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Beach Road Scissors Cut Curry Rice

3.7

Eatability rating

17 reviews

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AsianChineseHainanese
Located in Jalan Besar, Beach Road Scissors Cut Curry Rice specialises in Hainanese curry mixed rice.

Daily: 11:00 - 03:30

+65 98261464
$5 based on 29 submissions
Lunch (5 votes), Supper (5 votes), Dinner (4 votes)
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5

No horse run good food

dont need to talk or say too much word
this is super no horse run good food, super cheap also!
put $5 on the boss table, can eat until u die happy ghost.
sorry i never study much so my engerish only half six half seven but u must try to know what i mean by no horse run good food

The HGW community like this place for...

  • curry chicken4 votes
  • pork chops4 votes
  • pork belly2 votes
  • Prawn fritter1 vote
  • vegetables1 vote
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Latest Community Reviews:
• 30 Jan 2015 • 13 reviews • 0 follower

No horse run good food

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dont need to talk or say too much word
this is super no horse run good food, super cheap also!
put $5 on the boss table, can eat until u die happy ghost.
sorry i never study much so my engerish only half six half seven but u must try to know what i mean by no horse run good food
Overall
Food/Drink
Value
Ambience
Service
• 19 Nov 2013 • 21 reviews • 0 follower

Ugly but delicious.

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For complete review and pictures, please click here.

Food doesn't have to look good to taste good. This is particularly true of scissor-cut curry rice, which has to be one of the sloppiest looking dishes ever, but also happens to be one of my favourite foods. This dish has both Hainanese and colonial origins, as most cooks who worked for wealthy British families back in the early 1900s were Hainanese, and put an inventive twist on the pork cutlet by pummeling it flat, snipping it up over rice and coating it with curry.   My order the first time round comprised a fried pork cutlet blackened with gravy, a ngoh hiang (five spice pork roll), chup chye (stewed cabbage) and a fried egg. They're cut into bite-sized pieces with a pair of metal scissors, following which gravy from the lor bak (stewed pork) and then curry is ladled over, which renders the individual components of the dish quite unidentifiable.   The layering of the lor bak gravy and curry create a hybrid gravy that's... magic. It's only slightly spicy and possesses a starchy texture, which works as its meant to be drizzled over plain rice. It was the gravy which elevated the individual ingredients from okay to amazing. Honestly I found the ngoh hiang soggy and the blackened pork cutlet to be on the wrong side of salty. Also tried a bit of the lor bak and found it too tough. A fried egg isn't too hard to do, but the chup chye was great. Soft, sweet and distinctly shrimpy. Nothing goes better with curry than perfectly stewed chup chye.   I returned a couple weeks ago and we ordered dishes to share. The only new dish I had was the chicken chop, which was freaking awesome. The sesame seeds it was coated with made it super fragrant and it was snipped into itty bits which made it so moreish with the curry. I declare my second visit a complete win.   In short, stick with the fried egg, chup chye and chicken chop.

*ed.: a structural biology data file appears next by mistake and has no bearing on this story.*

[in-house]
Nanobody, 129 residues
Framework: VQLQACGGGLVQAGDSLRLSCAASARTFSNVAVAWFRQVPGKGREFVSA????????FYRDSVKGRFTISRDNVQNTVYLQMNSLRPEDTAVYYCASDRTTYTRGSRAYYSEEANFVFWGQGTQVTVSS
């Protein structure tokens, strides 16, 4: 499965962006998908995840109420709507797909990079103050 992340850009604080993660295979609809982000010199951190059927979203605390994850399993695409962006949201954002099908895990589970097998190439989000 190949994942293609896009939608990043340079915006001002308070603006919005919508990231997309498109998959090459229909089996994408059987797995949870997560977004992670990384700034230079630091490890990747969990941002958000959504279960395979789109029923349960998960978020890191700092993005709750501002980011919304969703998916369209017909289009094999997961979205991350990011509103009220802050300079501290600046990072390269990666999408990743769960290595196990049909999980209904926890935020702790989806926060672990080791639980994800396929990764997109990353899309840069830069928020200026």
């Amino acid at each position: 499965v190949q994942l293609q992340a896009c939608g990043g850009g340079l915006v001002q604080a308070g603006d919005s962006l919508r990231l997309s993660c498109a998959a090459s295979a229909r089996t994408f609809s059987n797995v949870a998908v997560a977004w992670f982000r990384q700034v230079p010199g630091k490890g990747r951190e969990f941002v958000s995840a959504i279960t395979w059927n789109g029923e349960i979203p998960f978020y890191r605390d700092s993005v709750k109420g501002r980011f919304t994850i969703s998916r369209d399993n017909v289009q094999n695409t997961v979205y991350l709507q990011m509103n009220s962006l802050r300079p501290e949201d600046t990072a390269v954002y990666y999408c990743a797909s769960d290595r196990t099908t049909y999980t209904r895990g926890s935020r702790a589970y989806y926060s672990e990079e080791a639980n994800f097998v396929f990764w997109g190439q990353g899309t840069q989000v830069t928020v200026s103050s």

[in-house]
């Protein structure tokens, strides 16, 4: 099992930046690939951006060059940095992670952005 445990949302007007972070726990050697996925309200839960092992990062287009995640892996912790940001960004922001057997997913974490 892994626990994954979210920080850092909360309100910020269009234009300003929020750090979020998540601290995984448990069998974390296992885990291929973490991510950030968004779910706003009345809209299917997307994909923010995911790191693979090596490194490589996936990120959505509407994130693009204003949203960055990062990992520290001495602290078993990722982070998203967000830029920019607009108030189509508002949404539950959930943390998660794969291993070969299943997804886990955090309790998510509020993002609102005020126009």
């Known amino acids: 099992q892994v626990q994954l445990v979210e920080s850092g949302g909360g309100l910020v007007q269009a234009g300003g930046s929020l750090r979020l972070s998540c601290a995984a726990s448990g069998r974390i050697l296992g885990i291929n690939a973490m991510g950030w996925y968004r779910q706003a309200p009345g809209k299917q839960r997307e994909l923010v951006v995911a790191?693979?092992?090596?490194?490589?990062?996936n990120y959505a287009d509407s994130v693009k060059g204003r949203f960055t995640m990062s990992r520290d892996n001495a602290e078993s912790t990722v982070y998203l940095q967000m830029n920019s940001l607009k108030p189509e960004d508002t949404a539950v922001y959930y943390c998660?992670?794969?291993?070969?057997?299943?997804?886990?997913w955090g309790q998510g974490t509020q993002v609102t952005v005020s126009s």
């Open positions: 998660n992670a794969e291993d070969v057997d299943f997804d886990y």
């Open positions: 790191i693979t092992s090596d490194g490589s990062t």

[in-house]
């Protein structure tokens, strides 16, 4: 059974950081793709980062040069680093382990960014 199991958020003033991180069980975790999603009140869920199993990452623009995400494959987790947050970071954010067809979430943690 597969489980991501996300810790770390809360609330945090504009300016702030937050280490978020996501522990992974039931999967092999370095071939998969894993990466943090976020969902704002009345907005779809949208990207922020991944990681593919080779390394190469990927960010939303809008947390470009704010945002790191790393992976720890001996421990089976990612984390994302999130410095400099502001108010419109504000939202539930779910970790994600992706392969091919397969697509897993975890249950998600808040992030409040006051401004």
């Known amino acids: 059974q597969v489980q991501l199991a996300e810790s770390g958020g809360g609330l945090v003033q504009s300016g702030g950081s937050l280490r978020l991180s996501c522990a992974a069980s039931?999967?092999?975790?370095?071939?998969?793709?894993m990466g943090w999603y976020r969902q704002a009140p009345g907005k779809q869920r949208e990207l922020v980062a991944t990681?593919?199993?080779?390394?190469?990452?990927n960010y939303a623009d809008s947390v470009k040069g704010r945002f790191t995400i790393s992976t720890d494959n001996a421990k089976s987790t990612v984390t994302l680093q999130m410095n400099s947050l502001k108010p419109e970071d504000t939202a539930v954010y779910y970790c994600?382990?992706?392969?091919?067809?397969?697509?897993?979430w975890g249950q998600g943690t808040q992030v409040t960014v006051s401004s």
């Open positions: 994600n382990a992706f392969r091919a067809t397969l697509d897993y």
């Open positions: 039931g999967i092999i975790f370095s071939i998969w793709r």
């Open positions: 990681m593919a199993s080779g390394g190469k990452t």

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  • The chicken chop is not to be missed.
• 25 Oct 2013 • 294 reviews • 15 followers

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A plate of pork belly rice for under $2.50? It exists. We ordered the smallest portion of plain rice (available at $0.50, $0.70 or $1), asked for the tau pok (beancurd, $0.50) and the pork belly ($1.40), and still walked out quite full. The servers gave two sauces – the starchy, slightly spicy curry sauce, and the mildly herbal dark sauce in which the tau pok was steeping. What a good, quick, flavourful meal. For more $2.50 eats reviews, read here http://www.hungrygowhere.com/gallery/what-to-eat-for-2-50-and-under--*gid-232e3101/photos/?oauth_token=e09721797fbc62a82b6b00259a58552d&oauth_verifier=0c3be169759169884775351860bee1ad#cb240800
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